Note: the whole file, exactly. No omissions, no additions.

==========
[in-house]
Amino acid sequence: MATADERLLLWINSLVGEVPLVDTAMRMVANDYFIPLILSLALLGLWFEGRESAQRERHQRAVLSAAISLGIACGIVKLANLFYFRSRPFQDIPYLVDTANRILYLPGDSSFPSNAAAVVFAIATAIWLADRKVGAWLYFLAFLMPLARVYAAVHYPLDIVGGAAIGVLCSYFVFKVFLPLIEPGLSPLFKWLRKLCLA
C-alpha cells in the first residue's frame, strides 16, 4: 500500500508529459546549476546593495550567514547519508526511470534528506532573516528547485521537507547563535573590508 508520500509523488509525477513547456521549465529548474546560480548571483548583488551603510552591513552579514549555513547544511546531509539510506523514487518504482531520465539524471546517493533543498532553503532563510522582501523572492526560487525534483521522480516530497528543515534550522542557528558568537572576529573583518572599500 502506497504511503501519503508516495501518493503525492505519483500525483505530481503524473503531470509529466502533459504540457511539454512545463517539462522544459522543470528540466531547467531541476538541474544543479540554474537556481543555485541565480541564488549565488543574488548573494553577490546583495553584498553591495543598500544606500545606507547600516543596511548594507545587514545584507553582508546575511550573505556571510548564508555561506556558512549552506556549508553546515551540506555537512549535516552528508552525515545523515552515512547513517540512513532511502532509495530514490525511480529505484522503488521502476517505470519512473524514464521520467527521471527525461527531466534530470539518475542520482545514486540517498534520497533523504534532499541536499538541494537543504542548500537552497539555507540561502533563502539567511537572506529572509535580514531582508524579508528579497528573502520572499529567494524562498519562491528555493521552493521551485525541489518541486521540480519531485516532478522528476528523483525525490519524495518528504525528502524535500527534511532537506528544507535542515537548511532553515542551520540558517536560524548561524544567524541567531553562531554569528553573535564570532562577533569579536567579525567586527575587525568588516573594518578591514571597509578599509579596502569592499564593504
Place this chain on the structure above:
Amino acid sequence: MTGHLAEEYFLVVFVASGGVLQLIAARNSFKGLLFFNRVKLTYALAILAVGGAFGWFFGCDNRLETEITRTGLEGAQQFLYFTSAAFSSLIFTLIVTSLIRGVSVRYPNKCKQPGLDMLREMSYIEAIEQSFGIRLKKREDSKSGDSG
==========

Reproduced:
[in-house]
Amino acid sequence: MATADERLLLWINSLVGEVPLVDTAMRMVANDYFIPLILSLALLGLWFEGRESAQRERHQRAVLSAAISLGIACGIVKLANLFYFRSRPFQDIPYLVDTANRILYLPGDSSFPSNAAAVVFAIATAIWLADRKVGAWLYFLAFLMPLARVYAAVHYPLDIVGGAAIGVLCSYFVFKVFLPLIEPGLSPLFKWLRKLCLA
C-alpha cells in the first residue's frame, strides 16, 4: 500500500508529459546549476546593495550567514547519508526511470534528506532573516528547485521537507547563535573590508 508520500509523488509525477513547456521549465529548474546560480548571483548583488551603510552591513552579514549555513547544511546531509539510506523514487518504482531520465539524471546517493533543498532553503532563510522582501523572492526560487525534483521522480516530497528543515534550522542557528558568537572576529573583518572599500 502506497504511503501519503508516495501518493503525492505519483500525483505530481503524473503531470509529466502533459504540457511539454512545463517539462522544459522543470528540466531547467531541476538541474544543479540554474537556481543555485541565480541564488549565488543574488548573494553577490546583495553584498553591495543598500544606500545606507547600516543596511548594507545587514545584507553582508546575511550573505556571510548564508555561506556558512549552506556549508553546515551540506555537512549535516552528508552525515545523515552515512547513517540512513532511502532509495530514490525511480529505484522503488521502476517505470519512473524514464521520467527521471527525461527531466534530470539518475542520482545514486540517498534520497533523504534532499541536499538541494537543504542548500537552497539555507540561502533563502539567511537572506529572509535580514531582508524579508528579497528573502520572499529567494524562498519562491528555493521552493521551485525541489518541486521540480519531485516532478522528476528523483525525490519524495518528504525528502524535500527534511532537506528544507535542515537548511532553515542551520540558517536560524548561524544567524541567531553562531554569528553573535564570532562577533569579536567579525567586527575587525568588516573594518578591514571597509578599509579596502569592499564593504
Place this chain on the structure above:
Amino acid sequence: MTGHLAEEYFLVVFVASGGVLQLIAARNSFKGLLFFNRVKLTYALAILAVGGAFGWFFGCDNRLETEITRTGLEGAQQFLYFTSAAFSSLIFTLIVTSLIRGVSVRYPNKCKQPGLDMLREMSYIEAIEQSFGIRLKKREDSKSGDSG